What’s this user testing thing all about? It sure seems to come up a lot. Let’s briefly explore what user testing is, and why companies are doing it.
User testing is a method of developing and improving a website’s design and overall user experience through careful study of real live user sessions conducted by people who could conceivably be a prospective customer of the business in question.
It manifests in different ways. For example, some user tests will be more scientific than others. Some will focus more on qualitative data and feedback from users; others will be more quantitative in nature. At the end of the day, though, the objective of user testing is, quite logically, to find guinea pigs in the actual potential customer base and have them interact with your site in an effort to ensure the site caters to their actual needs and expectations.
And even though many sites have never adopted user testing, it’s not surprising that lots do invest in it. Imagine you were a head chef at a well-known restaurant here in San Francisco — would you start serving up a brand new dish without first testing it out on at least a few close friends?
What’s useful about user testing?
1. Find out why prospects leave your website
2. Uncover potential areas of confusion
3. Shed light on bugs and faulty functionality
4. Get a fresh set of eyes on your content, message and processes
5. Get feedback from people who actually fall into your target demographic and understand how they uniquely see things
Ultimately, the answer to “why user testing” is simple. Everyone has ADHD when it comes to the Internet. Our attention span is about 4 seconds. When you test the critical elements of your site against the real-life experiences and expectations of prospective users, you uncover what turns them off and what empowers them to get sh*t done on your site quickly and effectively. You get answers to the questions, “What will keep my visitors here and inspire them to convert?” and “What aspects of our design will send visitors running for the hills?” If your site visitors translate into revenue for your business — and for most of us, that is the case — those are very important questions.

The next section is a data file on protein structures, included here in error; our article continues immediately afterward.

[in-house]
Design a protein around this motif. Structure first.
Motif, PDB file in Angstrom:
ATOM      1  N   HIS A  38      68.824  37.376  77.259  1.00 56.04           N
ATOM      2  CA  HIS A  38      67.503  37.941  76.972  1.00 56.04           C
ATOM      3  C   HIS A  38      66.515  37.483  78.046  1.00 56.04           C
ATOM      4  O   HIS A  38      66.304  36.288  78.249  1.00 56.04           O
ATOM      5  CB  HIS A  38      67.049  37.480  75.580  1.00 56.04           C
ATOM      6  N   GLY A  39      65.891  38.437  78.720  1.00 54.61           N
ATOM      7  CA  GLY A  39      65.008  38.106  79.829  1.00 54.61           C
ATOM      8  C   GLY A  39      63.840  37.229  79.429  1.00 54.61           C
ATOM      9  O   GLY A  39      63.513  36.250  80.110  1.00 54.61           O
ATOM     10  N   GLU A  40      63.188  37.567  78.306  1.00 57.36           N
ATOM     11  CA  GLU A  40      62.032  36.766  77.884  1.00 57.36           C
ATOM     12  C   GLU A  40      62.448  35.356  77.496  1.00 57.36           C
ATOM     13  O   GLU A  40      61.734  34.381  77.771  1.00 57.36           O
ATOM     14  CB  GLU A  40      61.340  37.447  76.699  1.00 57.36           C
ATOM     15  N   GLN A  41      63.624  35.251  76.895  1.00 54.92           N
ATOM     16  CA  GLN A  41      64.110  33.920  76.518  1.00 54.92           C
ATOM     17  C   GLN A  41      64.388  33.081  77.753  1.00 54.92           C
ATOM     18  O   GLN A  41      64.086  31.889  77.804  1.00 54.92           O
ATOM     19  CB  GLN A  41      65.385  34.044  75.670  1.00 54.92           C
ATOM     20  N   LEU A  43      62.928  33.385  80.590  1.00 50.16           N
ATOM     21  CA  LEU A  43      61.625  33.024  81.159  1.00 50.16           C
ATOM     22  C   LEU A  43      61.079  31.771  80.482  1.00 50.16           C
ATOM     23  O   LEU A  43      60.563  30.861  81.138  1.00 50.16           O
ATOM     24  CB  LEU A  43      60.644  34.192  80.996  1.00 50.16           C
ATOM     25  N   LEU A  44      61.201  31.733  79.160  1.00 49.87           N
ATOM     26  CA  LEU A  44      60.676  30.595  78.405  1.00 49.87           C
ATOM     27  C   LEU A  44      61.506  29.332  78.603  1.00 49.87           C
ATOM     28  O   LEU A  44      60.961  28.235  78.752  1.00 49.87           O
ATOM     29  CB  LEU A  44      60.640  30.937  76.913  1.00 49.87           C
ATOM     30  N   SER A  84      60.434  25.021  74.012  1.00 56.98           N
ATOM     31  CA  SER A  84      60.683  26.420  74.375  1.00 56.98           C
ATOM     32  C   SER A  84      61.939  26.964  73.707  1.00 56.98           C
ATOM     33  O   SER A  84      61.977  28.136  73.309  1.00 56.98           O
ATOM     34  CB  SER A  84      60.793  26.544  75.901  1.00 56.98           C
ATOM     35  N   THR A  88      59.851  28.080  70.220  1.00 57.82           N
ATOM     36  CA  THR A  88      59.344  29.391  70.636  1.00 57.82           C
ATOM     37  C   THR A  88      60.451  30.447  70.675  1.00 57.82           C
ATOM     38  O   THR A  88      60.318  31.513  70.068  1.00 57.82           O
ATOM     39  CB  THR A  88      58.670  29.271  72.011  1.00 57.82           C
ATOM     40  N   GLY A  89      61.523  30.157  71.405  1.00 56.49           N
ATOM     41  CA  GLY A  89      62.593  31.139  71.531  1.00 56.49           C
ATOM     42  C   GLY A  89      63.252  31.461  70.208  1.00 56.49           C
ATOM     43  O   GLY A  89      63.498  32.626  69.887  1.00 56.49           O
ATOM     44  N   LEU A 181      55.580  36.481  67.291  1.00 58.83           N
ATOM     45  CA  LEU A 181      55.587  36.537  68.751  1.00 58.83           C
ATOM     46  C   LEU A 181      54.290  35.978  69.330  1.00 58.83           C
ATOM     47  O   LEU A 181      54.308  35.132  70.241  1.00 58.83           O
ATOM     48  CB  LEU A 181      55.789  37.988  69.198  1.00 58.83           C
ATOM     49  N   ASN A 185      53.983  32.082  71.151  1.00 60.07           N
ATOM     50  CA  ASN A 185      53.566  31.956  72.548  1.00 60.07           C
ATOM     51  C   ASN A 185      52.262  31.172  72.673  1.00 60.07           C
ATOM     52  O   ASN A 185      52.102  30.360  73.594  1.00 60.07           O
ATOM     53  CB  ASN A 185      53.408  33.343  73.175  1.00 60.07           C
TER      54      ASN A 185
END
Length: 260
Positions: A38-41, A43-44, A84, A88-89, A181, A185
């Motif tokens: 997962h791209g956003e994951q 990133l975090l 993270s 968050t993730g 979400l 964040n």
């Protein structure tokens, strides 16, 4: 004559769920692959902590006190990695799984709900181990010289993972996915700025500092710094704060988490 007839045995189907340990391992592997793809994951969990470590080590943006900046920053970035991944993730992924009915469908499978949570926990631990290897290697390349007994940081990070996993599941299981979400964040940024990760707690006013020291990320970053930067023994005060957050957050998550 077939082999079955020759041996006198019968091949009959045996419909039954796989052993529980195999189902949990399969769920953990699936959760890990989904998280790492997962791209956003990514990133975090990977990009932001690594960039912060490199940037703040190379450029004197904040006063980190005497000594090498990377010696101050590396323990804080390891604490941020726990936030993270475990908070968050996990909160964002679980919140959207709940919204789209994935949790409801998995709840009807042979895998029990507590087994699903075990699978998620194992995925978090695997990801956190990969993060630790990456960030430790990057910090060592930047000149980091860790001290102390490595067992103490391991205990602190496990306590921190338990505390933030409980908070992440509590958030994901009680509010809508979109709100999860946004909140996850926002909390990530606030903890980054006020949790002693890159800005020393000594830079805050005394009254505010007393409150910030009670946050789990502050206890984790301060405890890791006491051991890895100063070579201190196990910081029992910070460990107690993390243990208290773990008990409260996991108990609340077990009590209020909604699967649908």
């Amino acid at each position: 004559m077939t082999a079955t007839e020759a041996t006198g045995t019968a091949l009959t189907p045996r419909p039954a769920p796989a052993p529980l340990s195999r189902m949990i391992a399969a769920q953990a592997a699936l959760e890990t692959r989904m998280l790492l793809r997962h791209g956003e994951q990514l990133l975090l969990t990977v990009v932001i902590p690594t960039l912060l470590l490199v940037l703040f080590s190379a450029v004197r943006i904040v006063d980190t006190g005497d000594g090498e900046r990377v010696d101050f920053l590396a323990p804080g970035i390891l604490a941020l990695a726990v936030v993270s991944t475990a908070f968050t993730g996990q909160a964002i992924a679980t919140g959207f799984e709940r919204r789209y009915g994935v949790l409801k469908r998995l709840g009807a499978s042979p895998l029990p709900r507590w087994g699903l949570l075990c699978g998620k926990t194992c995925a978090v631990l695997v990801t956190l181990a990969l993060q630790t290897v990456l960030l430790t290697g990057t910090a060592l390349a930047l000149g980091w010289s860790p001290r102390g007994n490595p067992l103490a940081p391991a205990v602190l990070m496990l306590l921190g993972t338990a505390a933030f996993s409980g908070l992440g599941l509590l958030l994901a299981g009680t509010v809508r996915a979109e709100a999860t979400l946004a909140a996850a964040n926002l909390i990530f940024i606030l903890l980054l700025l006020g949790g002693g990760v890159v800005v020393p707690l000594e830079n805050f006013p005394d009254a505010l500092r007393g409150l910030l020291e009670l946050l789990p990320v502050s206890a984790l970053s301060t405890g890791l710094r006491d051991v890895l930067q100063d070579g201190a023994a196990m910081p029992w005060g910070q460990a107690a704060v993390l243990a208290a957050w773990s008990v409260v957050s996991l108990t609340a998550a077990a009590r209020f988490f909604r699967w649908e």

Why don’t more companies conduct user tests when developing web pages?
1. It can be expensive, both resource-wise and cost-wise (of course, it can also be tremendously inexpensive if you find the right tools).
2. Designers, developers and project managers have a vision for their site and don’t always want to “muddle” it with user feedback. CEOs certainly tend to have a vision too.
3. User testing can lead to feedback the team doesn’t want to hear. Pulling on a single thread can unravel the entire sweater… sort of thing.
I won’t list all the technologies out there, as there already exist several perfectly good articles describing the top user testing software. Businesses can conduct these tests at different levels, too — you don’t have to go down the road of hiring a professional team and investing months to test the crap out of your site from every angle. But whether you choose to employ an online usability testing tool or simply record user sessions to see how they use your site, something is better than nothing. Put energy and thought toward this early on, and your website will reflect the needs of your customer base. And that’s more “cha-ching” coming your way.